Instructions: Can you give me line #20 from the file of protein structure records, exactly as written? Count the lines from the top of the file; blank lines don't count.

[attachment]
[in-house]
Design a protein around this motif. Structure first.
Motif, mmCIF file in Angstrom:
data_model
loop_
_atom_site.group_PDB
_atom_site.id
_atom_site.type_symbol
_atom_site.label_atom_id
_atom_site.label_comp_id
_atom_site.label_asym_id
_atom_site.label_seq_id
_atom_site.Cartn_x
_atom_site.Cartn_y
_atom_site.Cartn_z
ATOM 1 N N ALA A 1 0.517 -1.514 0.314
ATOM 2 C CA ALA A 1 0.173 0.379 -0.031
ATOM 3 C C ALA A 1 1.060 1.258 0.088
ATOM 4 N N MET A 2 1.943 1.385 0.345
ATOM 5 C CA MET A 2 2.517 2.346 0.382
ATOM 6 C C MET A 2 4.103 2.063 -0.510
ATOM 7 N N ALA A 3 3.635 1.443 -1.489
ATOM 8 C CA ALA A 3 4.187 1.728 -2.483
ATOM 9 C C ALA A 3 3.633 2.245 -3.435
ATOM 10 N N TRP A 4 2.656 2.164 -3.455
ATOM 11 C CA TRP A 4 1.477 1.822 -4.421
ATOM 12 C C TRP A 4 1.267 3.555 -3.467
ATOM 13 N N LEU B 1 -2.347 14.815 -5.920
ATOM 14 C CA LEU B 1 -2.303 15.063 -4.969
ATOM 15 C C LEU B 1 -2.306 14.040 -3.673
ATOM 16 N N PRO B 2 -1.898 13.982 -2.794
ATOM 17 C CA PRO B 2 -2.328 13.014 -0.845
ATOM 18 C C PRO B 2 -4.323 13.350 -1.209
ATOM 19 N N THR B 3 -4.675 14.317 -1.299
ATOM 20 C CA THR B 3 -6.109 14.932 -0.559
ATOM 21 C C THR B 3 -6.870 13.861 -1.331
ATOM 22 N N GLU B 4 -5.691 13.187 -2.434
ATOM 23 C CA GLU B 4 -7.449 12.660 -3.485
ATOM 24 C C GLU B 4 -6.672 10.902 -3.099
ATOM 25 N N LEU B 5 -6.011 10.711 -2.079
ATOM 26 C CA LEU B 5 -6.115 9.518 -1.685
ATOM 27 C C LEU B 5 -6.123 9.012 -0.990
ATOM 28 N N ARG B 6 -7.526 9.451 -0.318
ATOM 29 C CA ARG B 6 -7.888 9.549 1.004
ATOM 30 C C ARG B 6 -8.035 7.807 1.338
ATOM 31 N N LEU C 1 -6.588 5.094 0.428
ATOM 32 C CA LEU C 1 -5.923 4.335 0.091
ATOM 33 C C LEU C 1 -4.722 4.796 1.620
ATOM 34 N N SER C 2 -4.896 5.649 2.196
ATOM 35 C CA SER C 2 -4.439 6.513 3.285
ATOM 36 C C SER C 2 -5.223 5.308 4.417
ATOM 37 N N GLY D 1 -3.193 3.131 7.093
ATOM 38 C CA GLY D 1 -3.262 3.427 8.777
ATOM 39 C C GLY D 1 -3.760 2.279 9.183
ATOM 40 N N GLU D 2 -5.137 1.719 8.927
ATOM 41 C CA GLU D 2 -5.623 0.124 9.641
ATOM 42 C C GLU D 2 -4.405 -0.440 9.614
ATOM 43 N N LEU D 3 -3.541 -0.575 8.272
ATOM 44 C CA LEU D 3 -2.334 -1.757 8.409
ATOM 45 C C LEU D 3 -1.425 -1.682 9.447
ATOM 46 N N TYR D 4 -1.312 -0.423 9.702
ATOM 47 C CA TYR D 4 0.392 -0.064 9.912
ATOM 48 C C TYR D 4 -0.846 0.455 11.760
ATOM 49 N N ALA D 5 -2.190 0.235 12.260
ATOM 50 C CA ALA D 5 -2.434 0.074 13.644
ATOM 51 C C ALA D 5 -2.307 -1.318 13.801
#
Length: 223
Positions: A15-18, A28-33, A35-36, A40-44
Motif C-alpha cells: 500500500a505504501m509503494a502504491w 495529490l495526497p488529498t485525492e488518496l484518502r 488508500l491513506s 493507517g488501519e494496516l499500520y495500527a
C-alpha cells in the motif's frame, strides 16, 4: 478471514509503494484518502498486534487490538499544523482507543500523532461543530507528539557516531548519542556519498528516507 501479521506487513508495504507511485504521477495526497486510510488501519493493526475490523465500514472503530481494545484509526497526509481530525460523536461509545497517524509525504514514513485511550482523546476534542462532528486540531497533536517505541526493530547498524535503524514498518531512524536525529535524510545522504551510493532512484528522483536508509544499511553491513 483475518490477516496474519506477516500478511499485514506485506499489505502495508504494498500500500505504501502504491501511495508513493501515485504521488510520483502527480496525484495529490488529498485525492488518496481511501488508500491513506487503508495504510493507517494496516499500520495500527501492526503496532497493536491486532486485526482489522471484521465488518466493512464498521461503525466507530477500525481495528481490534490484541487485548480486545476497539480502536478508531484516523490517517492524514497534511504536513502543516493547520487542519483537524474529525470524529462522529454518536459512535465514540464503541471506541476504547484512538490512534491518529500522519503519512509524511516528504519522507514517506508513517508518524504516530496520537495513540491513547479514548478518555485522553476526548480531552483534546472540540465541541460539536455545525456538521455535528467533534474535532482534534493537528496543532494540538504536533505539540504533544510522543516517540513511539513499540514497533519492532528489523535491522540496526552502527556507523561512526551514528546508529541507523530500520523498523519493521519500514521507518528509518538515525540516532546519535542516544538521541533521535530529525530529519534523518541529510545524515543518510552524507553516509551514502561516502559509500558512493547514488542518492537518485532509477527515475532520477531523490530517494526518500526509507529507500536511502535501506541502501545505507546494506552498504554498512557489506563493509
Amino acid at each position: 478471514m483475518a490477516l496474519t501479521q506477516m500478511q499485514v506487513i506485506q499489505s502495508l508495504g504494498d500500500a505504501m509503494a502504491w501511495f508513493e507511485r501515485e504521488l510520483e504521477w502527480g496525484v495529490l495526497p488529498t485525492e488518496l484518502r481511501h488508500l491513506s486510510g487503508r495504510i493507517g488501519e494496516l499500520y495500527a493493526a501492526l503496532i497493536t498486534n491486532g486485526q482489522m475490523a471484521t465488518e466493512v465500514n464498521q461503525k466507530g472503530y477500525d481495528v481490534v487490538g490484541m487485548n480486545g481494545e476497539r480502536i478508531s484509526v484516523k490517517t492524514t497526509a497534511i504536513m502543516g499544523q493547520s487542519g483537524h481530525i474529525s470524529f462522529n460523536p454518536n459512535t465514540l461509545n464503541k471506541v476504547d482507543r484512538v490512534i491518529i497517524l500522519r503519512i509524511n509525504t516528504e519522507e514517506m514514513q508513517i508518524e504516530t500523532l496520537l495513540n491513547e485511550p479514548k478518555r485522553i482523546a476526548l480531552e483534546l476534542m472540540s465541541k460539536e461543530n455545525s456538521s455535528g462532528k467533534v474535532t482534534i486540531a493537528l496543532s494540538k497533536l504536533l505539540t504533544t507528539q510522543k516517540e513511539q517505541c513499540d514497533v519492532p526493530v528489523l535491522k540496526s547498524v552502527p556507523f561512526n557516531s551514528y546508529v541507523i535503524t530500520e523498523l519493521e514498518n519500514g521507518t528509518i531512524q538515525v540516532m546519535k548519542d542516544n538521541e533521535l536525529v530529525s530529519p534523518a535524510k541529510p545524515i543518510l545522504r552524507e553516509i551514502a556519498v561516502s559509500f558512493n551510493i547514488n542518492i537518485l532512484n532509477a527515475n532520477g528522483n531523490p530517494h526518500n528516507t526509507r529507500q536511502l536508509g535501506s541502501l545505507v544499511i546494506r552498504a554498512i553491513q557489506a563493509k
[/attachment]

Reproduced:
ATOM 5 C CA MET A 2 2.517 2.346 0.382